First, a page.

Catholics care about creation. The command to be actively involved in and concerned for our environment has a divine origination. To care for creation is to care for the God we can encounter through nature. With these statements in mind, I feel the need to draw attention to the inspiring and encouraging behaviors some Catholics have engaged in to take action upon these fundamental Catholic beliefs.
This week the University of Dayton, “a leading Catholic University and the largest private university in Ohio” announced it would “be divesting its $670 million endowment from fossil fuels.” Dayton is the first large Catholic institution to put its money where its heart is (though it is neither the first institution of learning, nor the first religiously affiliated organization to do so).
Dayton will now be standing alongside Stanford University and Union Theological Seminary, two organizations that have partially or fully divested from the 200 largest coal, oil, and gas fossil fuel companies. But the divestment campaigns don’t stop there. There are major campaigns underway “at over 400 universities and in dozens more cities, states, and nations across the world.”
Catholics constitute roughly 24% of the American population, a large enough percentage to make a real change in the economic landscape of America. Catholic spending counts, both on an individual and institutional level. The divestment movement is picking up momentum and it’s time for Catholics to join in. As Michael Galligan-Stirle, president of the Association of Catholic Colleges and Universities, recently said:
“This is a complex issue, but Catholic higher education was founded to examine culture and find ways to advance the common good. Here is one way to lead as a good steward of God’s creation.”
Rev. Martin Solma, S.M., provincial for the Marianist Province of the U.S. and a member of the board’s investment committee had this to say: “We believe it is possible and necessary to be both responsible stewards of our planet and fiduciaries…The tremendous moral imperative to act in accordance with our mission far outweighed any other considerations for divestment.”
As monumental as divestment from fossil fuels is, keep in mind, not all Catholic actions of stewardship must be this generous. You may be asking: “What else is there for Catholics to do?” Here are some possible resources and ways to get involved:
1. Familiarize yourself: Watch and share this video on divestment and read about why and how divesting can make a difference.
2. Learn about fuel: Understand what’s “so bad” about fossil fuels. There are all sorts of alternatives out there to learn about.
3. Learn about next steps: Understand reinvestment and how relocating money can make a difference. Here are some sources for renewable energy, and here’s one reason why divestment campaigns aren’t “just” about the money (hint: it has something to do with values, respect, esteem, and social attitudes).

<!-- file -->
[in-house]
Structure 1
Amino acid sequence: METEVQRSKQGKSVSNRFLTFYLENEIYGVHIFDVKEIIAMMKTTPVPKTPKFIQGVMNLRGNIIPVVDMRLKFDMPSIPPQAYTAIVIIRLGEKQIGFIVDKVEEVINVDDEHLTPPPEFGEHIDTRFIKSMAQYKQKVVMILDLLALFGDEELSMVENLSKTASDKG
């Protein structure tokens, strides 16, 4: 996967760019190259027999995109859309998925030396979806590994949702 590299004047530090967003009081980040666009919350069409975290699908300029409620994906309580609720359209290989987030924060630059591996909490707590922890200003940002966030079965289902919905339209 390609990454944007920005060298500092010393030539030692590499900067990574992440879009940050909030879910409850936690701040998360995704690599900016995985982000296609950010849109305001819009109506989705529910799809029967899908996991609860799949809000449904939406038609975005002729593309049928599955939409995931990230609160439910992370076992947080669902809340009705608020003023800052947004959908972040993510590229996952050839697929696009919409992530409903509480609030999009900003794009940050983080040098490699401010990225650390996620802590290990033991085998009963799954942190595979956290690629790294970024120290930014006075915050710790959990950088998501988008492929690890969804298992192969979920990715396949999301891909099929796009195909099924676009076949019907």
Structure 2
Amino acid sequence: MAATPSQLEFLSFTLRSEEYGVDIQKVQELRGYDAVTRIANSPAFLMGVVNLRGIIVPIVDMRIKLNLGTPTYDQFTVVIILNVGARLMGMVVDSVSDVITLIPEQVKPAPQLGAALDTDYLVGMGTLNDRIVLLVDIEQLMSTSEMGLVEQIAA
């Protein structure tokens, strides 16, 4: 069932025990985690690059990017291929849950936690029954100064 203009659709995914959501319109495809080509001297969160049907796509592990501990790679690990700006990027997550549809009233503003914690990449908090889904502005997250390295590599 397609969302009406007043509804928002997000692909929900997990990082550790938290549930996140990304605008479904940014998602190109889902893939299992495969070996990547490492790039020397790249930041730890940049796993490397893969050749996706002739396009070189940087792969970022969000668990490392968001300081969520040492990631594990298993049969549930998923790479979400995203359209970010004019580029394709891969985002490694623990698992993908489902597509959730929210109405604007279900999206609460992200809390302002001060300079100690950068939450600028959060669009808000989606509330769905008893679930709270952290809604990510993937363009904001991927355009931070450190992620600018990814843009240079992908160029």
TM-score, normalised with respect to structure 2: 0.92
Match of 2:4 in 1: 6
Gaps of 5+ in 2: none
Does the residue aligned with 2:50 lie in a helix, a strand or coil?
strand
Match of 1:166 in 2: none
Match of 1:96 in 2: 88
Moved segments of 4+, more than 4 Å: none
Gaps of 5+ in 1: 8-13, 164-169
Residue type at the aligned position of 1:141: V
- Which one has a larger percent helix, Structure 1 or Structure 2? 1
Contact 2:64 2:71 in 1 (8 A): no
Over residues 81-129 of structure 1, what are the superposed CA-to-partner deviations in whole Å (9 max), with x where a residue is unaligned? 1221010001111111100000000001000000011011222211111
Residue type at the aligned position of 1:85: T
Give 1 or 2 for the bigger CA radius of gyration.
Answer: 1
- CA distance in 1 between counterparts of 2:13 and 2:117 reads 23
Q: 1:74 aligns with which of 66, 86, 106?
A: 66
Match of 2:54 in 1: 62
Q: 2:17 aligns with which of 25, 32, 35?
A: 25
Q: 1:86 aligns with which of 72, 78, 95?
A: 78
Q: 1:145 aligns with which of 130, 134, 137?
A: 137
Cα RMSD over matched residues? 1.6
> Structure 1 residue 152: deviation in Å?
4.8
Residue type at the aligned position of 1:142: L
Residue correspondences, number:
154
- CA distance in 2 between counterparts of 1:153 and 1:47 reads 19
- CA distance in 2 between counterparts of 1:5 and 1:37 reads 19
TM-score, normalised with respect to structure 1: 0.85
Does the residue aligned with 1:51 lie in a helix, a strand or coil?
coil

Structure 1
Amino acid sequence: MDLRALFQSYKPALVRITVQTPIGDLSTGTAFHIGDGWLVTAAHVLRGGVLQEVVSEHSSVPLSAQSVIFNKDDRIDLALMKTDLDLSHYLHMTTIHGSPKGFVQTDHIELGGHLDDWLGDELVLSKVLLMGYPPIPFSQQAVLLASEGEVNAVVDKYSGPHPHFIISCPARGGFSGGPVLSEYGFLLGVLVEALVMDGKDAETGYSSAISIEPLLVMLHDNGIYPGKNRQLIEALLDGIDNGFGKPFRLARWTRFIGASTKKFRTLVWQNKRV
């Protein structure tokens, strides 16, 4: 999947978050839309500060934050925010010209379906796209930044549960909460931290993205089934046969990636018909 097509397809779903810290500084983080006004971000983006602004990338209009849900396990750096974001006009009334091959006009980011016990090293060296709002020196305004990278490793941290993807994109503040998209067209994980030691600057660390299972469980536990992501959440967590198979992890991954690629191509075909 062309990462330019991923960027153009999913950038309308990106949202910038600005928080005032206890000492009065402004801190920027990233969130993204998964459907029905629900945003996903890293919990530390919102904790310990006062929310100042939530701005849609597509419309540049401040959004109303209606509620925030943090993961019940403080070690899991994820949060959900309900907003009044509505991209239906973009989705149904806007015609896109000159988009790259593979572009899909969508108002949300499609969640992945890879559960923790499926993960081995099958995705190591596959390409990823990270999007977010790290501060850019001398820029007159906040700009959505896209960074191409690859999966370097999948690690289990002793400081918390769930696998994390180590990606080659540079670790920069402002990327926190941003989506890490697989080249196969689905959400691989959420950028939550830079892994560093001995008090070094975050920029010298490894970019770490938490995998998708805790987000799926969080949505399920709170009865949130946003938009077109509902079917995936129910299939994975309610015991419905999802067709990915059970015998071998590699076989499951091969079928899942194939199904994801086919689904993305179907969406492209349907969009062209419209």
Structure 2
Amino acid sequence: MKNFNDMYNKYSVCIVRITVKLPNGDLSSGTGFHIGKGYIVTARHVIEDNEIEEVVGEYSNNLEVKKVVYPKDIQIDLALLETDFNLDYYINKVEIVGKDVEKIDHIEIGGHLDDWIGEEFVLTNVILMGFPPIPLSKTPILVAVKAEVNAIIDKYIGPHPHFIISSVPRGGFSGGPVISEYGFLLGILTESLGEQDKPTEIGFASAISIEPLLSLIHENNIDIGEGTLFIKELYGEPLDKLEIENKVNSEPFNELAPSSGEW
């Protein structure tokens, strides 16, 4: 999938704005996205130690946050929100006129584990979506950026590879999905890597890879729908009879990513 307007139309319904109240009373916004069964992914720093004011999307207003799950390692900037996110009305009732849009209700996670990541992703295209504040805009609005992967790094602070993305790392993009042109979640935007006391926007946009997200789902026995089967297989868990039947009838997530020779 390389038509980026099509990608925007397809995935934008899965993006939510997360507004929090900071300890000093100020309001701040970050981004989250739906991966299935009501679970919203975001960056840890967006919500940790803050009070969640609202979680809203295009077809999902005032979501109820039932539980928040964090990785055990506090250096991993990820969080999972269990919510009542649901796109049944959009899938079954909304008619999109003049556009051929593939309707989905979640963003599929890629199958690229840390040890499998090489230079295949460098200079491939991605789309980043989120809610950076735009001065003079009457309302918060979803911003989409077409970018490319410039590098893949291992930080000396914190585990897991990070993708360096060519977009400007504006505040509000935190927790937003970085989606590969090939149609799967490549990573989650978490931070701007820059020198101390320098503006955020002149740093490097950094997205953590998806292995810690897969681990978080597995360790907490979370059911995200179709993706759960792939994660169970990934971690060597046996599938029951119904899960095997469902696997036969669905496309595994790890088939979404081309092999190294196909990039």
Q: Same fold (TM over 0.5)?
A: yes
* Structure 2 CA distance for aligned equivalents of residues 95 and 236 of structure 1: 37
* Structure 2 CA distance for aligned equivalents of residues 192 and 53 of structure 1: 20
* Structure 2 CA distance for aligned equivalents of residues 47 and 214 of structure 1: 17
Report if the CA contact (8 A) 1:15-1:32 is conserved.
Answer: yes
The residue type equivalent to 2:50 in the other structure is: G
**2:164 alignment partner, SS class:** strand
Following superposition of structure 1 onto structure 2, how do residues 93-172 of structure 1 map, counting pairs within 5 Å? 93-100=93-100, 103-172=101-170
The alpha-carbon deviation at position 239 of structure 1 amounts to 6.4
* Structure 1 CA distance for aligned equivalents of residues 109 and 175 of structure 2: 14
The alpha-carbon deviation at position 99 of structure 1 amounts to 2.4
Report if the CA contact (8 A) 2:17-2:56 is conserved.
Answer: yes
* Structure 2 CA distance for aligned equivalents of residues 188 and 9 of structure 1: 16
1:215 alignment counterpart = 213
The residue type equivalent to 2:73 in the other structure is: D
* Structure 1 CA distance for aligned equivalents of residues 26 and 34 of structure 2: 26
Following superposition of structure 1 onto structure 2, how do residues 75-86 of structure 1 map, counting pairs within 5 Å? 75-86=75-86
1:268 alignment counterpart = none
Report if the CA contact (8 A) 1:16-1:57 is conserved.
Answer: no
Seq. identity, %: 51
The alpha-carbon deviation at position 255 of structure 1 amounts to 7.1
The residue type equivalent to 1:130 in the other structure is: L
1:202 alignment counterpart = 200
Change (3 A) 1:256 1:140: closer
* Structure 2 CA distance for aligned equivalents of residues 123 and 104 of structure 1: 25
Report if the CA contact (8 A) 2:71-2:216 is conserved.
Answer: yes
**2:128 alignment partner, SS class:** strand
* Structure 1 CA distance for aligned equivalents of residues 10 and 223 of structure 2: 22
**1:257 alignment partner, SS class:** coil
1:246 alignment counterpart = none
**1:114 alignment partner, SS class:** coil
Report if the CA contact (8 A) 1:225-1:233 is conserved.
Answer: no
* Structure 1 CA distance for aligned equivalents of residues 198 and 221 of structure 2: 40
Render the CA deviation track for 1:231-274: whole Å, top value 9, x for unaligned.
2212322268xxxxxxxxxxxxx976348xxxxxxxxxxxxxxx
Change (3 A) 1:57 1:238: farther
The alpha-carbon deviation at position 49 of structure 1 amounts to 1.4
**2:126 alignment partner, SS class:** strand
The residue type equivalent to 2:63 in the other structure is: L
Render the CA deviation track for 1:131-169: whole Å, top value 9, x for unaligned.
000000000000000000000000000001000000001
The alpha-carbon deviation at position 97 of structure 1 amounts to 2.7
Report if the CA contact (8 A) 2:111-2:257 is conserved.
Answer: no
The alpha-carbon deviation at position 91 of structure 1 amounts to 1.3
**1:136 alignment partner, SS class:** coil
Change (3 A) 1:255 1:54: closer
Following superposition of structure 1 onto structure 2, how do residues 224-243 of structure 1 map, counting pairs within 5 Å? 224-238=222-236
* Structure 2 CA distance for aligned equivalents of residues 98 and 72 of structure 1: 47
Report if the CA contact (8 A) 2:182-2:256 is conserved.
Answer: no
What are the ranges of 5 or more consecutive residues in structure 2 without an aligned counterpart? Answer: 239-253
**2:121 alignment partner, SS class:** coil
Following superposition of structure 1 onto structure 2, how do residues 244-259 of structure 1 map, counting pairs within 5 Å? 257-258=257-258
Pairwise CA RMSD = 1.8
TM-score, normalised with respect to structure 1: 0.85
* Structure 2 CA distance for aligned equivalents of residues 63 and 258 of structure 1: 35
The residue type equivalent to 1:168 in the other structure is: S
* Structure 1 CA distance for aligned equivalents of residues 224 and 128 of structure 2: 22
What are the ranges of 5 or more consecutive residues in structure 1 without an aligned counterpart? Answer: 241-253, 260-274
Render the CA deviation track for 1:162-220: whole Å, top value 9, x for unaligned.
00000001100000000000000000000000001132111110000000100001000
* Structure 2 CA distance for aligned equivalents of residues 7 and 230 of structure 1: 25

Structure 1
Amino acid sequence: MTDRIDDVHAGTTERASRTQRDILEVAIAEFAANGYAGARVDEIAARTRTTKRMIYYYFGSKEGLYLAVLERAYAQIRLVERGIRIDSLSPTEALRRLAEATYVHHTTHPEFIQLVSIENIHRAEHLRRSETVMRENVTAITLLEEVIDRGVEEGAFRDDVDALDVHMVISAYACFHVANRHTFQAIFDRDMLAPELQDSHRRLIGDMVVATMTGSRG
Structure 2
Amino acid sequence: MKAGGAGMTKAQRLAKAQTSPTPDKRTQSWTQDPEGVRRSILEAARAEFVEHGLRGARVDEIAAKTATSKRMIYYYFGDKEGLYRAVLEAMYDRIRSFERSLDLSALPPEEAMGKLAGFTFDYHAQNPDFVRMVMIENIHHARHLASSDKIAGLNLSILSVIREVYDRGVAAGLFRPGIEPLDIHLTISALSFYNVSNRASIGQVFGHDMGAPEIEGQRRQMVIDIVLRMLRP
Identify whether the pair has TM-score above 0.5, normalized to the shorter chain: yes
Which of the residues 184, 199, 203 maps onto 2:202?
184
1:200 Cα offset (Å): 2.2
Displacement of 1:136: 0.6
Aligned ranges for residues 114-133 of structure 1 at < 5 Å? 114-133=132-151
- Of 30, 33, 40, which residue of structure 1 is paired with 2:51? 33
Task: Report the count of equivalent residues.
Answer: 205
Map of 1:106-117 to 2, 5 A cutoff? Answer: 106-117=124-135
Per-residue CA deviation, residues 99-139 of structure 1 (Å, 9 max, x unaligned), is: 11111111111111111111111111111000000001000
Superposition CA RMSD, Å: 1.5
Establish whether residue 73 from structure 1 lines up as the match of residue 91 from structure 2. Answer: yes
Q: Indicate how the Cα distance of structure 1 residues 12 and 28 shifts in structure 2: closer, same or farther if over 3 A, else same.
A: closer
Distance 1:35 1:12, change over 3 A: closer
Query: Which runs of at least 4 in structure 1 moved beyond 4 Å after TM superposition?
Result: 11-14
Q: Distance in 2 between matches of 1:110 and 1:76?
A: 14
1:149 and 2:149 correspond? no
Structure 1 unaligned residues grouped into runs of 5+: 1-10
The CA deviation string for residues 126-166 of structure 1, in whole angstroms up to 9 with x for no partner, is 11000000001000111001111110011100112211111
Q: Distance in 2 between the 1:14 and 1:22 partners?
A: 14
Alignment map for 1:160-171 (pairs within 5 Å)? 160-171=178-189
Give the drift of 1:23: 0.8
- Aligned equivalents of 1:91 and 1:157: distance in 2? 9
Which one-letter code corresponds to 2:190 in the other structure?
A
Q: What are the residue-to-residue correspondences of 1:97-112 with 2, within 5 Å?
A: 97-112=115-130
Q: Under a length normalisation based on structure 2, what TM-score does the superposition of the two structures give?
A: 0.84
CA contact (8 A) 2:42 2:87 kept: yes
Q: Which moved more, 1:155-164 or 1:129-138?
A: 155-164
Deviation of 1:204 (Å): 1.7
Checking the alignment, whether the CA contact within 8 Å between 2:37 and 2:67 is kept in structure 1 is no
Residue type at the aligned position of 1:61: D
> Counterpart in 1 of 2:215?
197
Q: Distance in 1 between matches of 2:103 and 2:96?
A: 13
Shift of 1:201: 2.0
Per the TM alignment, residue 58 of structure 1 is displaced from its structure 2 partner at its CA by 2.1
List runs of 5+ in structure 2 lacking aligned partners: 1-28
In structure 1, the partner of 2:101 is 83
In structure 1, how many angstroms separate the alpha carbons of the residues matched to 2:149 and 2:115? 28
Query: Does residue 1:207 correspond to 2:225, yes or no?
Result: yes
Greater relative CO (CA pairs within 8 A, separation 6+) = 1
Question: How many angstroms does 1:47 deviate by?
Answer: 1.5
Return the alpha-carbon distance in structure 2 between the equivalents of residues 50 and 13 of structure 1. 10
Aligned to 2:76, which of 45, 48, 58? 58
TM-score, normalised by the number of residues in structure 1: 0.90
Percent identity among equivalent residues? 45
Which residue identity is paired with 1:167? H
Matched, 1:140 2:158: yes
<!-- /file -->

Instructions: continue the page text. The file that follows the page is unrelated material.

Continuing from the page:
4. Find out: Does your university or alma mater invest in fossil fuels? Write to the university or organization of your choice and encourage them to “freeze any new investments in fossil fuels, divest from the fossil fuel industry’s top 200 carbon-emitting companies, and reinvest in clean energy and socially responsible alternatives.”
5. Consider: Encouraging others to divest from fossil fuels. Check this out to locate an institution or government near you and see what they invest in. You can also download this campus guide if you are a student looking to make a change on your campus. If you’re not a student, there are still plenty of ways to support the divestment campaigns around the country.
6. Also consider: Divesting your own personal funds from fossil fuels.
7. Speak out! You will not be alone. There are plenty of resources to help you support divestment campaigns and entire organizations devoted to the interfaith efforts on divesting and reinvesting.
8. Remember: This is a religious issue, not just a social one! Try hosting a Catholic bible study, or listening to Catholic theologians Erin Lothes and Richard Miller speak about divestment and reinvestment.
Catholic teaching calls for stewardship over creation, for “sustainable pattern[s] of economic and social development,” for opening our eyes to “the value of all that surrounds us.” When faced with the destruction of what God saw as “good and beautiful,” Catholicism makes no room for complacency and inaction.
“I would like to ask all those who have positions of responsibility in economic, political and social life, and all men and women of goodwill: let us be ‘protectors’ of creation, protectors of God’s plan inscribed in nature, protectors of one another and of the environment.”
Pope Francis, Inauguration, 3/19/13
On October 26th, 2013 Pope Francis (@Pontifex) tweeted: “Too often we participate in the globalization of indifference. May we strive instead to live global solidarity.” Don’t become a part of the problem. As the National Catholic Reporter wrote, “God can always be found in the natural world.” God is paying attention to how we treat the earth. So send “a thank-you note to God.” Take action.
There are guided, enlightened Catholics all around us who have chosen to live out their beliefs—it’s time to encourage and join them.
Lindsey Bergholz is an intern for Eleison Group, a consulting firm that seeks “to align what is right with what works politically and economically.” She is a graduate of the University of Miami, a law student at George Washington, and a bookworm who occasionally takes a break from geeking-out to volunteer with animals.